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Ko-Omote Noh-Men Maki-E on Hyotan
Ko-Omote Noh-Men Maki-E on Hyotan
Ko-Omote Noh-Men Maki-E on Hyotan

Ko-Omote Noh-Men Maki-E on Hyotan

N-1000
Vendor
Danitrio
Regular price
$2,200.00
Regular price
Sale price
$2,200.00
Unit price
per 
Availability
Sold out

100% Genuine Urushi

Contains the Maki-E Red Seal (Highest Quality of Maki-E Art)

 Hand-painted by highly-trained Japanese Artisans

The ko-omote (“young girl”) and the Hannya (“demon”) are both characters utilized in the Noh Japanese plays.

Hannya Demon Noh Mask

The Hannya was actually a once human woman that was envious and jealous, which turned her into a demon.

The triangular pattern motif behind the demon represents Uroko (“scales”) which is inspired from the scale of a fish, meaning protection.

Ko-Omote Noh Mask

The ko-omote typically exudes a feeling of innocent beauty.

The tortoise shell pattern motif adjacent to the young girl represents Kikko (“longevity”). The center of the flowers in the Kikko pattern is made of abalone.

 

About the Japanese Noh plays:

Noh is the oldest of the classical Japanese theater plays that has been performed since the 14th century. The plays are inspired by traditional Japanese literature typically with a transformation of a supernatural into a human. The actors wear the masks that are carefully carved so that the mask can create beautiful accoustics when the actor sings into it. The ko-omote and the Hannya are some examples of common characters represented with the Noh masks. The emotions of the characters are conveyed through the actor's gesture's as often the masks have expressions on their faces that are subtle.


About Danitrio Hyotan Series:

The Hyotan in Japanese means "Gourd" or "Calabash", which is a fruit that can sometimes come in an hourglass shape. This series of pen does come in the hourglass shape; in the US, collectors of Danitrio pens have coined it the Mae West, one of the biggest Hollywood stars in the twentieth century known for her hourglass figure.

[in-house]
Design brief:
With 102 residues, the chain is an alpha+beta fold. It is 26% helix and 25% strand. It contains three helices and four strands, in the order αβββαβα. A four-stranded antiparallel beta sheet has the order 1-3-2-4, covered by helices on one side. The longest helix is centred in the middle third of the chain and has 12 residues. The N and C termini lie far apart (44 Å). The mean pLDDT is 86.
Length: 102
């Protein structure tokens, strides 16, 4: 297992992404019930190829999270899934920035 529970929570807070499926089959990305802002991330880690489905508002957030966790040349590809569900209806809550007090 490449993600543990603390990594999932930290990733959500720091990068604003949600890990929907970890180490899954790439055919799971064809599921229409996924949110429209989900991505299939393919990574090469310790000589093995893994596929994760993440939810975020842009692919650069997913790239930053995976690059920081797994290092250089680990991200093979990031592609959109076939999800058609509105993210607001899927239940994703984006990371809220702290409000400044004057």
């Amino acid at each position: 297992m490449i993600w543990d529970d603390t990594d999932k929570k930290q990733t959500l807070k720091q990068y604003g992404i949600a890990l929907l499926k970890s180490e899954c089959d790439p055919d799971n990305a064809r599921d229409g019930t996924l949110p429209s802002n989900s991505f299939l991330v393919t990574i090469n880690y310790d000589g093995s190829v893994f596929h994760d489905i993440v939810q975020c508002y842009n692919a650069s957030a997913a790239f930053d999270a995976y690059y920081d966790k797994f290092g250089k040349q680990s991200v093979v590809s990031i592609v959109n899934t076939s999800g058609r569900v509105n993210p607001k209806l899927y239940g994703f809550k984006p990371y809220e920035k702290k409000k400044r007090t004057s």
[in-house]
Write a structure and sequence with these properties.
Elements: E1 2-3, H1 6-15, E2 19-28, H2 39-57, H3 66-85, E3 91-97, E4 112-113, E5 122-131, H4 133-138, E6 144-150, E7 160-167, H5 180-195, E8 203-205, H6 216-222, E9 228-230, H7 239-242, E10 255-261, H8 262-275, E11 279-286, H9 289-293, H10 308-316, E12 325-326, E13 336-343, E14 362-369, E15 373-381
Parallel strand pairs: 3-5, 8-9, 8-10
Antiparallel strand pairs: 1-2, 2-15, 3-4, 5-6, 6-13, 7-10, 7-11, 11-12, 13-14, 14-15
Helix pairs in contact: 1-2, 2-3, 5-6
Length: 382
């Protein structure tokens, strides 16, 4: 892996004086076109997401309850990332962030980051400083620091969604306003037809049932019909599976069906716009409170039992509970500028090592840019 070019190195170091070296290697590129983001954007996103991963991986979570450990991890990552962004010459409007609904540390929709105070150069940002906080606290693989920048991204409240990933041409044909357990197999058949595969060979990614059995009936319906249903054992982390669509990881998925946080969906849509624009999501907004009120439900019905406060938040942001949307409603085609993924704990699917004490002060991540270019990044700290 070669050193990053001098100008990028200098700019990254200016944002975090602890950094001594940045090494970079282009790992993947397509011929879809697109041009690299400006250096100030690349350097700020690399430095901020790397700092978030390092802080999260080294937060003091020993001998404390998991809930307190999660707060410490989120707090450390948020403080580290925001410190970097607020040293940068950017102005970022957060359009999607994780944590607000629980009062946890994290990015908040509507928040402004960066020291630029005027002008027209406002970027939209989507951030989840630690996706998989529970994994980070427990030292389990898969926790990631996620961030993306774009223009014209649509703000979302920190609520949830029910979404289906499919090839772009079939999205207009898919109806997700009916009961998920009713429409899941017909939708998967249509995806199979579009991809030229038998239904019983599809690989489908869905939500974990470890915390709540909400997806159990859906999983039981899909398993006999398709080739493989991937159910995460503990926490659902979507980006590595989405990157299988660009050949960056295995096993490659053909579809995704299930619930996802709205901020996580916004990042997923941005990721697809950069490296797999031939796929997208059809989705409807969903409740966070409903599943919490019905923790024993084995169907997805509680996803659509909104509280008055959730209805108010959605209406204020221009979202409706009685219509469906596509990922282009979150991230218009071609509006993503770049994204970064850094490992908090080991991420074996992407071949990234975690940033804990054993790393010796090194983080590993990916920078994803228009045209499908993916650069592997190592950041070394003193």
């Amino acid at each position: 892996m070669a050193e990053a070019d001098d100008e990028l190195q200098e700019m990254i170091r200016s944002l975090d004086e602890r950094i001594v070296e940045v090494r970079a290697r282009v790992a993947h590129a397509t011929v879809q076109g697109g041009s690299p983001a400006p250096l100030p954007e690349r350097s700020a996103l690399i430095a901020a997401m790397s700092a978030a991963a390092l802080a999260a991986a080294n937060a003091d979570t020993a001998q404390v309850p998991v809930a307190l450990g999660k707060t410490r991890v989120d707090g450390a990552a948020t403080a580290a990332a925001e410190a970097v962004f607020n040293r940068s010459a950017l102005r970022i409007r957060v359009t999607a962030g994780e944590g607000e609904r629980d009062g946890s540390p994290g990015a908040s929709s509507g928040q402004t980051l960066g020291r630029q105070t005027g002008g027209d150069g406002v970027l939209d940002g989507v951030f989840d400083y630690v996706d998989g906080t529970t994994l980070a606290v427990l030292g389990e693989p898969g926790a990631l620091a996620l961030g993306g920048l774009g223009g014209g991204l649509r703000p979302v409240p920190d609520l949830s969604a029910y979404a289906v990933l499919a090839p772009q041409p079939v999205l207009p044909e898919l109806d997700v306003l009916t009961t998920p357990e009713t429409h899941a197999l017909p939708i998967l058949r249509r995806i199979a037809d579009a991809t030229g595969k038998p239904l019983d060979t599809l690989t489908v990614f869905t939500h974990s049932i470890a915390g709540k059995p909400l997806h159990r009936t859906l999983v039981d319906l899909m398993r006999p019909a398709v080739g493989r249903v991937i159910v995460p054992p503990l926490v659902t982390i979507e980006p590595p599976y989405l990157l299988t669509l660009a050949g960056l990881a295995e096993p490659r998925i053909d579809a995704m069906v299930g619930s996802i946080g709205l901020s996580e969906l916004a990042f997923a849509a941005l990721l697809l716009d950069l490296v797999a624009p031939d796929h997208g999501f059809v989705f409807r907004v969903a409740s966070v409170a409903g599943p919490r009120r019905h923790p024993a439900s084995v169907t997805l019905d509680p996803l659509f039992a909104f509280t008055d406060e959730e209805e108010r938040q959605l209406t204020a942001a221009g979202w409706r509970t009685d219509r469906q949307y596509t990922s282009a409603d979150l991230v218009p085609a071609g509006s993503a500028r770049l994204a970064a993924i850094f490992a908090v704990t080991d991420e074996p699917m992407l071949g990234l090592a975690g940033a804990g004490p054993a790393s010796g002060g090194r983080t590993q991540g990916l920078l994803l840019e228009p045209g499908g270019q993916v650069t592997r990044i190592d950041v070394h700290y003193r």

Nib Details:

This Hyotan pen is furnished with an 18k Gold, two-toned #6 nib. What has been described by many Danitrio collectors as the fireball nib is an image of “Kaen-Kohai” which is a flame-shaped halo of “Fudo Myoo” (Acala, the God of Fire). This halo is commonly painted on the back of Japanese Buddhist statues. 

 

 

Technical Specification:

Cap Length 65 mm (2.56")
Cap Diameter 21 mm (0.83")
Barrel Length 110 mm (4.33")
Barrel Diameter 19 mm (0.75")
Pen Length (Closed) 147 mm (5.79")
Pen Length (Posted) Cap does not post
Net Weight 35.5 g (1.25 oz)
Net Weight (w/ink) 37.2 g (1.31 oz)
Filling System Cartridge/Converter

 

About the Artist:


This pen was hand-painted by Koichiro Okazaki (Kogaku). He is a renown Maki-E artist in Japan and considers himself wholeheartedly traditional when it comes to Maki-E. Many of his Maki-E works have been accepted and rewarded at national art exhibitions. He had learned Maki-E from a master and became an independent artisan 5 years later. He was recognized with Kao (authorized monogram) by Kuda Munenori of Sado Omote school in 1991. He performs Maki-E on many traditional accessories, hair pins, combs, jewelry, and fine writing instruments.